Trading for Love is a no-brainer

As bad as the Timberwolves have been overall, they have been worse without Love. As the chart at right shows, according to, with Love on the bench, Minnesota has been outscored by at least 4.7 points per 100 possessions -- a mark equivalent to last season's Detroit Pistons -- in five of his six seasons. The only exception was 2012-13, when Love was limited to 18 games after breaking a bone in his hand during training camp.

Last season, the Timberwolves outscored opponents by 4.4 points per 100 possessions with Love on the floor, a mark similar to the Miami Heat with Ray Allen, for one. They were done in by their poor bench -- exacerbated by Adelman playing his starters together, which inflated their ratings at the expense of reserves -- and a historic inability to win close games. Minnesota finished with the league's 10th-best point differential, which would have ranked fourth in the East.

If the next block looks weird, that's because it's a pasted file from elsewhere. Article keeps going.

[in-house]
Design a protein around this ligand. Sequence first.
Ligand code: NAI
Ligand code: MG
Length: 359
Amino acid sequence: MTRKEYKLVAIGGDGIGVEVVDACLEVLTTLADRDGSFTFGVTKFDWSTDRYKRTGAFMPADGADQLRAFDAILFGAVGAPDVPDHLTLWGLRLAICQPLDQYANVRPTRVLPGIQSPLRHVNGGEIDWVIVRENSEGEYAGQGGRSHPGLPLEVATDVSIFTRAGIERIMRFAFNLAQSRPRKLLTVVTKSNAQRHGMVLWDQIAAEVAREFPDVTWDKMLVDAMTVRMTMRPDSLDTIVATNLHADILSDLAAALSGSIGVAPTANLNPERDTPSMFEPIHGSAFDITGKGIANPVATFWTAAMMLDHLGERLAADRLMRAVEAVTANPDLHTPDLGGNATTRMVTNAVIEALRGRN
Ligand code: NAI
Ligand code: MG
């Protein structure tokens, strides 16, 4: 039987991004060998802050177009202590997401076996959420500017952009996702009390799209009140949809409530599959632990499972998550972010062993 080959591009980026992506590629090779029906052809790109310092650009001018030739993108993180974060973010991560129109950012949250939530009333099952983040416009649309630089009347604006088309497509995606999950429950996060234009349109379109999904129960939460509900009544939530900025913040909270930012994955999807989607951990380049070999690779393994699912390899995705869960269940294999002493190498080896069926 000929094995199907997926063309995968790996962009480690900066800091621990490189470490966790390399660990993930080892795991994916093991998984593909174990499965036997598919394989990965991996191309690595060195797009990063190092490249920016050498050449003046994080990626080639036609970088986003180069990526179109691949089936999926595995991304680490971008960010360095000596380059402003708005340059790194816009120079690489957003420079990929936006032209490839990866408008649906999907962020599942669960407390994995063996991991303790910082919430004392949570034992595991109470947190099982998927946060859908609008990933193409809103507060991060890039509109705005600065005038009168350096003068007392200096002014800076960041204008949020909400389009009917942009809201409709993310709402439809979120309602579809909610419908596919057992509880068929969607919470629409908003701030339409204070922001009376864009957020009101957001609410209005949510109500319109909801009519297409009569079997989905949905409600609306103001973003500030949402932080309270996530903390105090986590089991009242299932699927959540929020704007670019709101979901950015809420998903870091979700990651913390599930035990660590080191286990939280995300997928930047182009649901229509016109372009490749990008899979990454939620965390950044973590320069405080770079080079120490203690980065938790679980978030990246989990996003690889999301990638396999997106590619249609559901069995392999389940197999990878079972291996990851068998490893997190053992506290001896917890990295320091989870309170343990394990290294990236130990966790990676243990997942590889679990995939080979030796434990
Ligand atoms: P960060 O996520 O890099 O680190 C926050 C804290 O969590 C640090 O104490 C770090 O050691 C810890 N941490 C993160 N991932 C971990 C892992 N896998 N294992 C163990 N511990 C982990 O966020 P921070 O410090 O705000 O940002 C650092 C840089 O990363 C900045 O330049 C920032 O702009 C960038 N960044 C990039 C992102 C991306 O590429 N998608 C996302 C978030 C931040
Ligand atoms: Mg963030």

Even discounting those issues, the Timberwolves' combination of a high-rated star and a below-.500 finish was rare but not unprecedented. Love joined five other examples since the ABA-NBA merger, including Michael Jordan twice, of a player posting 20-plus wins above replacement player for a sub-.500 team.

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